Social media use skyrockets during quarantine

With more hours spent on social media, social influencers standards change and broaden

Double+Tap%3A+Sophomore+Ywjepheng+Xiong+scrolls+on+the+main+page+of+his+Instagram.+Before+using+Instagram%2C+Xiong+was+on+Snapchat+and+TikTok.+%22I+usually+use+Instagram+or+Snap%2C%22+Xiong+said.

Isaac Xiong

Double Tap: Sophomore Ywjepheng Xiong scrolls on the main page of his Instagram. Before using Instagram, Xiong was on Snapchat and TikTok. “I usually use Instagram or Snap,” Xiong said.

Covid-19 has caused an increase in the amount of time spent on social media platforms, such as TikTok, Snapchat, and Instagram. This change in lifestyle has impacted people’s perspectives on social influencers, as well as the social standards set by them in a negative way.
Before quarantine struck the country, teenagers didn’t have as much time to use their phones and stay updated with social media apps. Now though, teenagers have more than enough leisure time.
“Yes, using my phone has increased. This is because I’ve been isolated by myself in my room and watching Youtube videos,” junior Michael Xiong said.
With more time spent on social media, most teenagers’ perspective on social media influencers has altered to a negative point of view. This altered perspective could have been caused by social influencers’ questionable actions during quarantine. For example, Jake Paul is doing a lot of questionable actions to gain popularity. Another example is Bryce Hall from TikTok threw a big party during quarantine, which didn’t sit well with most people. One of those people is a sophomore, Chimur Xiong. He doesn’t like how social influencers are abusing their power to gain popularity.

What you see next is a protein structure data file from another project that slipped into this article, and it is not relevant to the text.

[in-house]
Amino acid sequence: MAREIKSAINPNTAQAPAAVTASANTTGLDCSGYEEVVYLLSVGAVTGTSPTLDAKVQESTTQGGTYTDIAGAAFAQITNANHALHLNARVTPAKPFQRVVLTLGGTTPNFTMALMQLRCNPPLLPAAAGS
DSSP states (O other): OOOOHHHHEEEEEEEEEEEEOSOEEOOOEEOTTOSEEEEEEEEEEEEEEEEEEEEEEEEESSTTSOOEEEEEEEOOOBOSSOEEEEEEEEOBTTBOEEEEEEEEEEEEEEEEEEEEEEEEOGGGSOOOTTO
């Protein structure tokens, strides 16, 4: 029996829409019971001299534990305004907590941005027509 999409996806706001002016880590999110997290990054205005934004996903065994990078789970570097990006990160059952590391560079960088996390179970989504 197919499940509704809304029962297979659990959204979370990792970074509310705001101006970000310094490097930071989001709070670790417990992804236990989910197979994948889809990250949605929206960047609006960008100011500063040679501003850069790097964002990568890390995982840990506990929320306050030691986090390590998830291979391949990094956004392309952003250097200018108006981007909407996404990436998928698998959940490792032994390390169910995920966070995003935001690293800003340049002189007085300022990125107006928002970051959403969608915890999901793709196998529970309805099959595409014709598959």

“TikTokers that pop up a lot, half of the time don’t do it for good intentions… and I don’t like that,” sophomore Chimur Xiong said.
With the change in perspective on social influencers, some teens have also changed their own opinion on social standards. Before quarantine, some teens cared about how they dressed, so they could meet the social standards. For example, you have to wear this specific type of clothing to “belong”.
But through this past year, some just don’t really care about these societal standards anymore. Sophomore Ywjepheng “Eric” Xiong used to dress up to standards before quarantine.
“Yeah, I think I’ve gotten more lazy with the way I dress because I don’t really see anybody,” Y. Xiong said.
Quarantine did have an impact on teenagers’ usage of social media, and their opinion on social influencers standards. Teens are now starting to have a negative opinion on social influencers due to their unreasonable actions.